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TeaCrusader

Painting Metalics

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Hi folks,

 

So there's a lot of experienced painters on here, and I'm not only rusty, I was never that involved in the technique or method of mini painting.

 

Lately however, I've found myself painting a lot of metals, and I find that I'm basically just placing a metallic pant down and then shoving a wash on top of it.. Is there any more to it? 

Does anyone layer multple shades of metals on top of each others? Does anyone use non-metallic paints to paint their metal parts of models?

 

I'm mostly just curious about how you guys go about painting metals.

 

Thanks!

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I do wet blending with my metallics. Also add in nonmetallic paints for more colours change colours and do the standard layering type thing.

Weathering/chipping can also be a great approach and blood-spatter is eternally popular around these parts. 😀

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For blades I often like to do a simple colour gradient going from near black on one end to very bright silver on the other. Plenty of ways to achieve the end result but I tend to start with a wetblend (Vallejo Metal Colour line is great for this, superb acrylic metallics if you're into any "advanced" techniques). Then do some glazes to reinforce the dark and bright extremes.

If I want a more beaten look I like to stipple my highlights on. Stippling if you don't know, is basically painting in tiny dots instead of large strokes & sweeps. This gives a bit more uneven result, which in the case of metal gives it a nice dinged up look. Used, but not bloody and rusty (unless of course you add such effects afterwards).

I sometimes glaze in some extra colours to keep it from being strictly "grey". Browns always work, and if you keep them subtle it won't end up looking like a rust bucket. But I've even used green, blue and purple at some point to reasonably good effect. Glazing at its most basic is just the application of really thin paint. Great for slowly (or not so slowly, you can go thick or thin with your glazes) building up shadows and highlights. Great for creating some colour filters or variation.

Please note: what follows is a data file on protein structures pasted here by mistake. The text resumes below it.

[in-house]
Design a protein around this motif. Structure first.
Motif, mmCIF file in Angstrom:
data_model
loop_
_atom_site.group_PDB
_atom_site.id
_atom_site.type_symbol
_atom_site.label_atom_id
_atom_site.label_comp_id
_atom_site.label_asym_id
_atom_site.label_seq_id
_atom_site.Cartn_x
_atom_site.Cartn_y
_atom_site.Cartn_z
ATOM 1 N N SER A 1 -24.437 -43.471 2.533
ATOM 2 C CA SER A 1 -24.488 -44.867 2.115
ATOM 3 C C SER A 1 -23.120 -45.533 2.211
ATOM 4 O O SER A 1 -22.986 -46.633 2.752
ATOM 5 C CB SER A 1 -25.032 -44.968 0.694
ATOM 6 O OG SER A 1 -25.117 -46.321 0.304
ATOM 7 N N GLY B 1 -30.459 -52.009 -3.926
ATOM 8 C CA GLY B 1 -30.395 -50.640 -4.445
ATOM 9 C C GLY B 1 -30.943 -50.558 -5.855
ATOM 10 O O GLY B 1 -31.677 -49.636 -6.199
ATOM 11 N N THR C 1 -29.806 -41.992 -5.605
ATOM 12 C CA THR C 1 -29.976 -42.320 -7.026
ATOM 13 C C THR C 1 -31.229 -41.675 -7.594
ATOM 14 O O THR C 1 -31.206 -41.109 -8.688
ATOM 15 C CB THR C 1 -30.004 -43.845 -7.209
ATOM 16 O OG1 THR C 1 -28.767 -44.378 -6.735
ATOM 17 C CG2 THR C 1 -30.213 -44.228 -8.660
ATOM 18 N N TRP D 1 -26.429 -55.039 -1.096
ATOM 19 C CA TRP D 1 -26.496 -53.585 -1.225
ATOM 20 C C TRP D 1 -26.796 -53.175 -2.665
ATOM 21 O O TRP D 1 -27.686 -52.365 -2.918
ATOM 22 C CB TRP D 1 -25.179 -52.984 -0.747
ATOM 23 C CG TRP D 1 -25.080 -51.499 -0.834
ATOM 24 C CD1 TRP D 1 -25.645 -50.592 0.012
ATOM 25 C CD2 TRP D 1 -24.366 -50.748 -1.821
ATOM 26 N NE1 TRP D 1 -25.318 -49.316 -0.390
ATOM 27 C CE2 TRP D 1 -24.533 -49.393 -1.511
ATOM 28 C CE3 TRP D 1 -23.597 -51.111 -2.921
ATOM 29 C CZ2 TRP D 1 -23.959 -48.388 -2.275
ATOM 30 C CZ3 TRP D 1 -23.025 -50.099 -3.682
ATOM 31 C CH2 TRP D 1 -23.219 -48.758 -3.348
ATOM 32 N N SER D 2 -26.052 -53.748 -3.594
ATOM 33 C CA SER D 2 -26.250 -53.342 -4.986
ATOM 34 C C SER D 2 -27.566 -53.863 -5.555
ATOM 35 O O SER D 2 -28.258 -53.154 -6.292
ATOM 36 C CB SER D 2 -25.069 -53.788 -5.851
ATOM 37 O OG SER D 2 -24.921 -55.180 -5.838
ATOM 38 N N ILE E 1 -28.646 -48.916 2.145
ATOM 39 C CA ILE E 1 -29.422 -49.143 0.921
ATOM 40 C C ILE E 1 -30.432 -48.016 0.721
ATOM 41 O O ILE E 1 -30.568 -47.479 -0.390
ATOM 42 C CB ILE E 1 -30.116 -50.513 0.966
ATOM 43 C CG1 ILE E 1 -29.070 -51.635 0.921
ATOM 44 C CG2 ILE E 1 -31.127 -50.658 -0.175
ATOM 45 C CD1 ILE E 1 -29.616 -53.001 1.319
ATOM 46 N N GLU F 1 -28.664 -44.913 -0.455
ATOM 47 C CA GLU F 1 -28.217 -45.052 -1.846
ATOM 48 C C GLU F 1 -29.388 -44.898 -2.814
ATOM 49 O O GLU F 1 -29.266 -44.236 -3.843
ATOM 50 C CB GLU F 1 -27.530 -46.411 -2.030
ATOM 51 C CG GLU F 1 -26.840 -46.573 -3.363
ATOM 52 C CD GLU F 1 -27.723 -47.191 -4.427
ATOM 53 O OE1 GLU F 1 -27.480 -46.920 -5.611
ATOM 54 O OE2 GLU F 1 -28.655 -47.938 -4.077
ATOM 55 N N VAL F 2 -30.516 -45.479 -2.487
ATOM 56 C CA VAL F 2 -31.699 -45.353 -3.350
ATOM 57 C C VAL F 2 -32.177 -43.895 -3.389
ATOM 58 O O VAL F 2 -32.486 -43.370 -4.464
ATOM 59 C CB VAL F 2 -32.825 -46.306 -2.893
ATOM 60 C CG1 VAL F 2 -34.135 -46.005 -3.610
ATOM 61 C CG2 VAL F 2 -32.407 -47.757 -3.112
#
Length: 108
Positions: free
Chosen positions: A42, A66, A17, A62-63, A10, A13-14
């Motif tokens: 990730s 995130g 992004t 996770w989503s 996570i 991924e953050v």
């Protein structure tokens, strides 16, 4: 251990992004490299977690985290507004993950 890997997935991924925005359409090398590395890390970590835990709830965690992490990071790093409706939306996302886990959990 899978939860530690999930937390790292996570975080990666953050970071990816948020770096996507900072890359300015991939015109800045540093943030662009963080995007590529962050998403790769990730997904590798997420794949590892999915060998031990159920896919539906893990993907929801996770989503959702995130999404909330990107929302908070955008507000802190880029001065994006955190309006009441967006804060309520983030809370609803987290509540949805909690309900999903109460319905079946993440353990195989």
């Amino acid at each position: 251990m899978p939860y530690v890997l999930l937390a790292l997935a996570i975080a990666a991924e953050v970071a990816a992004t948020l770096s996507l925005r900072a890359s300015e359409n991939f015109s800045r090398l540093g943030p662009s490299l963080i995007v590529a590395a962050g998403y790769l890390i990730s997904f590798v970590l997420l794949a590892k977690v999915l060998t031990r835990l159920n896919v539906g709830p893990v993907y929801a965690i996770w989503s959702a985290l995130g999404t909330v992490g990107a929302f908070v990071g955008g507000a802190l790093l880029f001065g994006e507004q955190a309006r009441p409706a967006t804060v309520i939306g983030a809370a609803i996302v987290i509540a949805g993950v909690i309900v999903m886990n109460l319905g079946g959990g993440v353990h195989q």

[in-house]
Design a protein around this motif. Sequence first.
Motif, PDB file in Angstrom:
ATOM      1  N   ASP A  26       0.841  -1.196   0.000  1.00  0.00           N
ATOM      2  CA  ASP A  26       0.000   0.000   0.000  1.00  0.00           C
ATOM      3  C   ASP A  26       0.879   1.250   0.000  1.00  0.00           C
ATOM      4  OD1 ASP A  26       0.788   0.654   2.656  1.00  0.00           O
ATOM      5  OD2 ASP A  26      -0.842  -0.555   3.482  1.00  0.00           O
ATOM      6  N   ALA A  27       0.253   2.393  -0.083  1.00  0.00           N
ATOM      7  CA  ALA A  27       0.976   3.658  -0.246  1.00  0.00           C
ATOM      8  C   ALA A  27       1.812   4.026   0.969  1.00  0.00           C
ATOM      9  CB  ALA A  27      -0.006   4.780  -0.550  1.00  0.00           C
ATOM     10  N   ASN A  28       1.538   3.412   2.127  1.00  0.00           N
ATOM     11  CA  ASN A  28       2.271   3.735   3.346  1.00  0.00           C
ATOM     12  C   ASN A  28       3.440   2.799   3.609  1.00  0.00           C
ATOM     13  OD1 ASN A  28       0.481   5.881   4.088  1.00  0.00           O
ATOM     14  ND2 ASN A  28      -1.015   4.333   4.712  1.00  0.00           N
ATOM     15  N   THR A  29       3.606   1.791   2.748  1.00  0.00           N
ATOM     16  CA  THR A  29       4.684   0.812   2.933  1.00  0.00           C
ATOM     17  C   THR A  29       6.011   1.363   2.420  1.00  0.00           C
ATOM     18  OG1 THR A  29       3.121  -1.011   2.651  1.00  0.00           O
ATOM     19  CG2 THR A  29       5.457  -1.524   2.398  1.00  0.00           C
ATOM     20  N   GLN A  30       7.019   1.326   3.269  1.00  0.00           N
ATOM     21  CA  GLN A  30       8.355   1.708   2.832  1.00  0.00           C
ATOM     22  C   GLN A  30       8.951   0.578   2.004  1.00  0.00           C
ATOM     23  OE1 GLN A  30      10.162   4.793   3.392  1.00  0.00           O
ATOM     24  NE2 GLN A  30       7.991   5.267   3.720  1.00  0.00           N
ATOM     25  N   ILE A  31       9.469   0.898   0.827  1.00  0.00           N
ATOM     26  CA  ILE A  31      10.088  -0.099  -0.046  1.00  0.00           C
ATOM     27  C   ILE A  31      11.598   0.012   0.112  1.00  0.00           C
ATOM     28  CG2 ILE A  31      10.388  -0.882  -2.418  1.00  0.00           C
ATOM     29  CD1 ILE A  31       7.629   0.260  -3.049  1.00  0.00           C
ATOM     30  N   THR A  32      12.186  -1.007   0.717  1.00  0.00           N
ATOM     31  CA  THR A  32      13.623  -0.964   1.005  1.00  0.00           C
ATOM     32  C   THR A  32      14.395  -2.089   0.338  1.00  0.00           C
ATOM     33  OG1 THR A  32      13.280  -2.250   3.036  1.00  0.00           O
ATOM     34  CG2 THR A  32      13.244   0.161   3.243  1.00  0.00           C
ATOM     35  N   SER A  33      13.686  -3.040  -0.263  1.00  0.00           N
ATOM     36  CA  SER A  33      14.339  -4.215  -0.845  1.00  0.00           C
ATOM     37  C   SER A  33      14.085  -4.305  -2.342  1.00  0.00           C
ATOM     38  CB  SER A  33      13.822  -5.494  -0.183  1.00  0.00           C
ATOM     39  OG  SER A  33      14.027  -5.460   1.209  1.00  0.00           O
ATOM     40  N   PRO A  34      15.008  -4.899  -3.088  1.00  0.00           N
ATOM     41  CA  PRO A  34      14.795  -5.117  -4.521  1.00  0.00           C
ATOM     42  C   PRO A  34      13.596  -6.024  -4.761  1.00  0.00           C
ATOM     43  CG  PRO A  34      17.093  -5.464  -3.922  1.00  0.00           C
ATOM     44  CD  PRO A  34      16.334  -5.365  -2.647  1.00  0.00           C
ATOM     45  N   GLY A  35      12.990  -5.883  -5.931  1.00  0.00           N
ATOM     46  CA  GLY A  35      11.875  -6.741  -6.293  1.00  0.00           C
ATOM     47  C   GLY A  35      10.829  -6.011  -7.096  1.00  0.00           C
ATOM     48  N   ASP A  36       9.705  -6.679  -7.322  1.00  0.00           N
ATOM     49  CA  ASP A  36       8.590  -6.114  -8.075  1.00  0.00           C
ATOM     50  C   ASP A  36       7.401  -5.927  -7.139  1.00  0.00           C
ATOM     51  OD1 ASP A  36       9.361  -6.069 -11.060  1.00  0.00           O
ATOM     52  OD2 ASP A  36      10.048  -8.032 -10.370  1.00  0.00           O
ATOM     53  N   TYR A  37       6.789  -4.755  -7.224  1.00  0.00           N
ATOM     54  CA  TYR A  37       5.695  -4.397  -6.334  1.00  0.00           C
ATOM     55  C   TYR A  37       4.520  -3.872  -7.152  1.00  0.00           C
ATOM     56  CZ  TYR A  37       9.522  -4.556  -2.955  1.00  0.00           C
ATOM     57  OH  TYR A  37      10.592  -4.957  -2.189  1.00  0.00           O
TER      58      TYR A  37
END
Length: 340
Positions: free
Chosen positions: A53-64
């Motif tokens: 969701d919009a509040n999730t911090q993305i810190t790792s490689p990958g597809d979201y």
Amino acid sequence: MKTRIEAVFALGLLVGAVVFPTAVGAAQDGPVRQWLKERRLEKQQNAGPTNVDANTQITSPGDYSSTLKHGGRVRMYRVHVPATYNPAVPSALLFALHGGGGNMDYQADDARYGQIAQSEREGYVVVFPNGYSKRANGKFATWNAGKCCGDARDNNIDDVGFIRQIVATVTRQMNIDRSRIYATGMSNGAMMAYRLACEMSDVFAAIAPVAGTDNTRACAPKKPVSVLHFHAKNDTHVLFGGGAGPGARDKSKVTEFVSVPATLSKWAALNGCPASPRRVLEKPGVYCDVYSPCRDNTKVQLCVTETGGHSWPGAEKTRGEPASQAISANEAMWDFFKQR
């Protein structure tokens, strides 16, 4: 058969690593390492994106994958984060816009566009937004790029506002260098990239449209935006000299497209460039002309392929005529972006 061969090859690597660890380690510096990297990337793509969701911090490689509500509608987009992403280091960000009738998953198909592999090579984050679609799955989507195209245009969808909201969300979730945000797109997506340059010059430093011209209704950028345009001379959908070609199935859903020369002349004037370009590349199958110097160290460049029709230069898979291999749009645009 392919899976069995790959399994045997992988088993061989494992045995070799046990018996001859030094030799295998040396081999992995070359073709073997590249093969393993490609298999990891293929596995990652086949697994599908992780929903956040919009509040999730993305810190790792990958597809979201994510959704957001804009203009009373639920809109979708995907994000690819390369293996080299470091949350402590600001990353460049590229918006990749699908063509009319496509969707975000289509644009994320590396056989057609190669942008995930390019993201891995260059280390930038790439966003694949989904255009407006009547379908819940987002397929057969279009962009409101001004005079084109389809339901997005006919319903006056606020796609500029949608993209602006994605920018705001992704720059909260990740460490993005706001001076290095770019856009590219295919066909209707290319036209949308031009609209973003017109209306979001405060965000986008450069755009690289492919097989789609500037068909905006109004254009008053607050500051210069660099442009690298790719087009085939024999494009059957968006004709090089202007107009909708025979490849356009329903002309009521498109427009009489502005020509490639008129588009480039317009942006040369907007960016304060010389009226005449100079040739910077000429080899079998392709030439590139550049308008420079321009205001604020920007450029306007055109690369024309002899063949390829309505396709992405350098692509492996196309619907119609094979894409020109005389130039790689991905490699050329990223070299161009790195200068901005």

Even when I'm not doing anything in particular, I still do some shadows and layered highlights like I'd do for any other surface.

 

Sure, for basic tabletop use you can halfass metallics and still look decent. But if you want to, there's plenty of things you can do for that little extra oomph.

Here's a nice example of the dark-to-light gradient I mentioned in the beginning:

pic4573192.jpg

The effect only took me maybe 5-10 minutes to do and looks plenty more eye catching than an all over monotone grey metallic with an all over black wash on top.

 

Another funny thing you can do is coloured metallics. Here's a pair of mecharachnids I did earlier in the year:

pic4924556.jpg

Way I do them (mix Vallejo Metallic Medium with inks) makes them a bit harder to work with when it comes to "fancy" highlights and such. I still highlight & shade them, but it tends to just be simple 1-2 step process in either direction and relying a lot on the metallic finish doing most of the work in the end.

 

NMM (or some basic tabletop approximation of it) is what I've been meaning to take a crack at.  Just haven't put any consistent effort into it yet. It can look pretty rad though. One thing's for sure, plenty of roads lead to a finished mini. Do whatever keeps you chugging along.

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Check out angel giraldez on YouTube, he does a series of videos on different approaches to metallics. My biggest take away ismmixing some non metallic paint into the metallic base to strengthen the color and make it take glazing over the top better

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